Organization. However, Argentina was placed on the Special 301
Watch List in 1992 because of the lack of patent protection for
Patents: Argentina's patent law, dating from 1864, is the
weakest component of the country's IPR regime. It specifically
excludes pharmaceutical "compositions" from patent protection
(costing U.S. drug firms hundreds of millions of dollars in
sales lost to pirates). Furthermore, the law contains
stringent working requirements and allows a maximum patent term
of only 15 years. The Menem Administration submitted a draft
of a new patent law to Congress in 1991. The new law would
improve patent protection and extend it to pharmaceuticals, but
as of November 1993, the bill was still not acted on.
Copyrights: Argentina's copyright law is generally
adequate by international standards, although it does not
explicitly protect new technologies such as computer software
or semi-conductors. Bills are currently pending in Congress
that would provide protection for software and extend copyright
protection for films from thirty to fifty years.
Trademarks: Trademark laws and regulations in Argentina
are generally good. The key problem is a slow registration
8. Worker Rights
a. Right of Association
Argentina,s labor movement, organized under the umbrella
confederation CGT, represents around one-third of the
workforce. Unions have the right to strike, subject to
compulsory conciliation and arbitration by the Ministry of
Labor. Several unions, particularly those representing
education workers, struck in 1993 with no interference from the
government. Argentine unions are free to associate
internationally, and officials play an active role in regional
international labor organizations.
b. The Right to Organize and Bargain Collectively
These rights are effectively protected by federal law
throughout the country. Complimentary provincial labor laws
often go beyond these rights, and anti-labor practices are
prohibited. Labor and management are legally bound by
collective bargaining agreements which, in theory, set basic
wage levels and working conditions on an industry-wide basis.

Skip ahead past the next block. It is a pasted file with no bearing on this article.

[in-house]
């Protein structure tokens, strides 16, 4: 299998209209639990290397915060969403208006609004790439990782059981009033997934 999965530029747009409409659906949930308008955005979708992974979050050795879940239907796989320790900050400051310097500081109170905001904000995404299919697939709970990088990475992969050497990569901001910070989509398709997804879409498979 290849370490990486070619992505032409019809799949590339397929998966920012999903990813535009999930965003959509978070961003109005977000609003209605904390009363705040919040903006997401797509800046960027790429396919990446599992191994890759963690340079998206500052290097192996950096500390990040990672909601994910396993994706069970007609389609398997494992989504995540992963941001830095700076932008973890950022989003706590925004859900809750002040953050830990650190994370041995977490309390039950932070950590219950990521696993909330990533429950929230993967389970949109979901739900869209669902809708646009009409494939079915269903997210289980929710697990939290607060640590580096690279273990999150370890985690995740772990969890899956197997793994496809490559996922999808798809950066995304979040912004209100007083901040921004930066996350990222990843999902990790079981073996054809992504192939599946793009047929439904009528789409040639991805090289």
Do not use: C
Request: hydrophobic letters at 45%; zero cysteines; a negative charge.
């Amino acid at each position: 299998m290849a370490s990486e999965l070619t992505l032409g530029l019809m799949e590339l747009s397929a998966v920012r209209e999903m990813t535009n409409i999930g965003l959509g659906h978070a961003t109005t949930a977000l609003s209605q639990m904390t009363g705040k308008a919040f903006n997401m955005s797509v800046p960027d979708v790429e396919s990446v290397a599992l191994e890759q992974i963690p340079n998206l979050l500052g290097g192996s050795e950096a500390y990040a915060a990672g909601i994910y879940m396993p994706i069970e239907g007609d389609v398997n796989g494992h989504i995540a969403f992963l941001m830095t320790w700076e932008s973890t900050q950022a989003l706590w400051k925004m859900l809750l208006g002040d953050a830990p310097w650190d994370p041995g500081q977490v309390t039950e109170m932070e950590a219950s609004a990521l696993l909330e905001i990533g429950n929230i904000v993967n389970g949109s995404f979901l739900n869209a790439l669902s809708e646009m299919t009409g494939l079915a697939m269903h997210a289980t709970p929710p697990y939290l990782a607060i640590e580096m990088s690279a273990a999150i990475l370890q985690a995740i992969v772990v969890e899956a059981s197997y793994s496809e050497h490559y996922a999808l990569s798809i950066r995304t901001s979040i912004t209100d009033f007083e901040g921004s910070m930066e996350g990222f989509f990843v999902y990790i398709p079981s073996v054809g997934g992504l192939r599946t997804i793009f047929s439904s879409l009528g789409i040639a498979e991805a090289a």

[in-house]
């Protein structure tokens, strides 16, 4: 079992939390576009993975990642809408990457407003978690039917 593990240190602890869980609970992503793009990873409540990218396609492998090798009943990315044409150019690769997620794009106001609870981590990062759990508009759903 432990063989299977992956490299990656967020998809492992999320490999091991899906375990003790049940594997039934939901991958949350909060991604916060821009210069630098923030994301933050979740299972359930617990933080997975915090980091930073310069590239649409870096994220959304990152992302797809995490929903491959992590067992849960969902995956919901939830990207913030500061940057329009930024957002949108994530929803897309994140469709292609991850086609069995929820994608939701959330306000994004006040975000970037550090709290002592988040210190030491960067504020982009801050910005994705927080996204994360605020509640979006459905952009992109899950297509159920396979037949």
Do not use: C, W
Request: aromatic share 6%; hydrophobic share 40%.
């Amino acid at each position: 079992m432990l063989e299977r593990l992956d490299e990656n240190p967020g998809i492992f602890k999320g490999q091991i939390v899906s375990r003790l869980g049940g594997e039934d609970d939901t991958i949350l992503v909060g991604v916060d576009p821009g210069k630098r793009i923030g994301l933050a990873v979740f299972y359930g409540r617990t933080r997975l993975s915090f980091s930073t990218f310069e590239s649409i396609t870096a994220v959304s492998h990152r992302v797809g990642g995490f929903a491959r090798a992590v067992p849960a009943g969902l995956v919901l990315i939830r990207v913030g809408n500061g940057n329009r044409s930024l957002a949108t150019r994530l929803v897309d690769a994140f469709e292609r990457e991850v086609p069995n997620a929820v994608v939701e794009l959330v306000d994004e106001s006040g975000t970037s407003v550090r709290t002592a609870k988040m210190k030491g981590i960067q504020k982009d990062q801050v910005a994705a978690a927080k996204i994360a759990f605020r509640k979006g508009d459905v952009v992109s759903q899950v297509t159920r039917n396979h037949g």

In practice, particularly in the last five years, these
agreements have tended to be less global in their scope, with
the current trend moving toward company, and in some cases,
region-specific agreements. The government's role in this
process is limited to ratifying these contracts and conferring
c. Prohibition of Forced or Compulsory Labor
Forced or compulsory labor is illegal and is not known to
be practiced in Argentina.
d. Minimum Age for the Employment of Children
Employment of children under 14, except within the family,
is illegal. Minors between ages 14 to 18 may work in certain
types of jobs restricted with regard to hours and safety/health
conditions, although exceptions are allowed in cases of extreme
necessity. The recent increase in the level of unemployment
has encouraged some families to seek work for their children,
resulting in the illegal employment of minors. A recent study
put the number of illegally employed minors (10-14 years) at
200 thousand, or six percent of the child population. Federal
and provincial labor authorities are not well-prepared to cope
with this because of budgetary and personnel limitations.
e. Acceptable Conditions of Work
In July 1993 the government raised the monthly minimum wage
to approximately $200.
Argentine law provides comprehensive protection for worker
rights and sets acceptable standards for health and accident
protection. The maximum workday is eight hours, the maximum
workweek is 48 hours. Premiums are paid for work beyond these
limits, which is frequently the case now, as employers seek
greater productivity without having to employ new workers. The
labor reform bill introduced in Congress in 1993 would give
management more flexibility to hire and fire, more control over
hours, and vacations, and would further reduce the government's
role in labor-management relations. Nationally legislated
occupational and health standards are comparable to those of
industrialized countries, but the federal government and many
provincial governments lack the resources to enforce these
standards, despite union vigilance against violations.
f. Rights in Sectors with U.S. Investment
Argentine law does not distinguish between worker rights in
nationally owned enterprises and those in sectors with U.S.
investment. The rights enjoyed by Argentine employees of
U.S.-owned firms in Argentina equal or surpass Argentine legal
Extent of U.S. Investment in Selected Industries
U.S. Direct Investment Position Abroad
on an Historical Cost Basis - 1992
(millions of U.S. dollars)
Total Manufacturing 1,633
Food & Kindred Products 465
Chemicals and Allied Products 371
Metals, Primary & Fabricated D
Machinery, except Electrical D
Electric & Electronic Equipment 46
Transportation Equipment 22
Other Manufacturing 254
Wholesale Trade 159
Finance and Insurance 538
Other Industries 35
TOTAL ALL INDUSTRIES 3,353
(D)-Suppressed to avoid disclosing data of individual companies
Source: U.S. Department of Commerce, Bureau of Economic
Analysis, unpublished data.